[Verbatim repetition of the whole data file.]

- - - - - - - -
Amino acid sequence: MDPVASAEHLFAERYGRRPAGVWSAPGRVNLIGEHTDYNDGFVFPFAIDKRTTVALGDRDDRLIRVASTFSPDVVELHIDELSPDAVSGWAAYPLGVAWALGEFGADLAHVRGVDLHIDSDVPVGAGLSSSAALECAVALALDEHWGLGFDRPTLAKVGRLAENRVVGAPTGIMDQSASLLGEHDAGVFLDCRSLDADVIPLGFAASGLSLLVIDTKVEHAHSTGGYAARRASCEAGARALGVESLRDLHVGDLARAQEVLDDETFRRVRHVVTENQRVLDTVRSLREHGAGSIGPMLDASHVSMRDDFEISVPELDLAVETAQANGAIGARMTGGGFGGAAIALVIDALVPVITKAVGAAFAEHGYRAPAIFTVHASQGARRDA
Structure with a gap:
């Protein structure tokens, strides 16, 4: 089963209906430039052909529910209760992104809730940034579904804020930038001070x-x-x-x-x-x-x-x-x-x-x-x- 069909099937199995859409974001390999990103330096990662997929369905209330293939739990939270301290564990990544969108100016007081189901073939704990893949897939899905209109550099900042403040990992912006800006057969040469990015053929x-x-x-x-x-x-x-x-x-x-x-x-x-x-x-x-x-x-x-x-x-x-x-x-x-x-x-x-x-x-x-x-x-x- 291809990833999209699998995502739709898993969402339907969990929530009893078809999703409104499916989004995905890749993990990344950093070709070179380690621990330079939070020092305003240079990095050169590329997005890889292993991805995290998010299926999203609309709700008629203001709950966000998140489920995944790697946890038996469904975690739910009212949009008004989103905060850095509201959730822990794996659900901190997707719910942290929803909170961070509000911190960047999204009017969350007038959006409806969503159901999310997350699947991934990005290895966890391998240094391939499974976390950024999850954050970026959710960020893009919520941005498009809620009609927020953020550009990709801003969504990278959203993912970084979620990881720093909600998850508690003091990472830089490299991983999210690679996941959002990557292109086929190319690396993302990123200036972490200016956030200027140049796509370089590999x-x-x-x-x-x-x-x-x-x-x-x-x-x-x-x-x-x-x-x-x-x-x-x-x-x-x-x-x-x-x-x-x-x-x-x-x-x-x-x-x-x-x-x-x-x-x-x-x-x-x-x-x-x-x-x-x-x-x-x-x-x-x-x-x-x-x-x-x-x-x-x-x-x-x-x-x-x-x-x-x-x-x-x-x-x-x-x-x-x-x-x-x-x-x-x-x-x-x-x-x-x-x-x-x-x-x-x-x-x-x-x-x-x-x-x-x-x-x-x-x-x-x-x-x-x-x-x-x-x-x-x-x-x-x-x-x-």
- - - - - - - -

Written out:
Amino acid sequence: MDPVASAEHLFAERYGRRPAGVWSAPGRVNLIGEHTDYNDGFVFPFAIDKRTTVALGDRDDRLIRVASTFSPDVVELHIDELSPDAVSGWAAYPLGVAWALGEFGADLAHVRGVDLHIDSDVPVGAGLSSSAALECAVALALDEHWGLGFDRPTLAKVGRLAENRVVGAPTGIMDQSASLLGEHDAGVFLDCRSLDADVIPLGFAASGLSLLVIDTKVEHAHSTGGYAARRASCEAGARALGVESLRDLHVGDLARAQEVLDDETFRRVRHVVTENQRVLDTVRSLREHGAGSIGPMLDASHVSMRDDFEISVPELDLAVETAQANGAIGARMTGGGFGGAAIALVIDALVPVITKAVGAAFAEHGYRAPAIFTVHASQGARRDA
Structure with a gap:
């Protein structure tokens, strides 16, 4: 089963209906430039052909529910209760992104809730940034579904804020930038001070x-x-x-x-x-x-x-x-x-x-x-x- 069909099937199995859409974001390999990103330096990662997929369905209330293939739990939270301290564990990544969108100016007081189901073939704990893949897939899905209109550099900042403040990992912006800006057969040469990015053929x-x-x-x-x-x-x-x-x-x-x-x-x-x-x-x-x-x-x-x-x-x-x-x-x-x-x-x-x-x-x-x-x-x- 291809990833999209699998995502739709898993969402339907969990929530009893078809999703409104499916989004995905890749993990990344950093070709070179380690621990330079939070020092305003240079990095050169590329997005890889292993991805995290998010299926999203609309709700008629203001709950966000998140489920995944790697946890038996469904975690739910009212949009008004989103905060850095509201959730822990794996659900901190997707719910942290929803909170961070509000911190960047999204009017969350007038959006409806969503159901999310997350699947991934990005290895966890391998240094391939499974976390950024999850954050970026959710960020893009919520941005498009809620009609927020953020550009990709801003969504990278959203993912970084979620990881720093909600998850508690003091990472830089490299991983999210690679996941959002990557292109086929190319690396993302990123200036972490200016956030200027140049796509370089590999x-x-x-x-x-x-x-x-x-x-x-x-x-x-x-x-x-x-x-x-x-x-x-x-x-x-x-x-x-x-x-x-x-x-x-x-x-x-x-x-x-x-x-x-x-x-x-x-x-x-x-x-x-x-x-x-x-x-x-x-x-x-x-x-x-x-x-x-x-x-x-x-x-x-x-x-x-x-x-x-x-x-x-x-x-x-x-x-x-x-x-x-x-x-x-x-x-x-x-x-x-x-x-x-x-x-x-x-x-x-x-x-x-x-x-x-x-x-x-x-x-x-x-x-x-x-x-x-x-x-x-x-x-x-x-x-x-």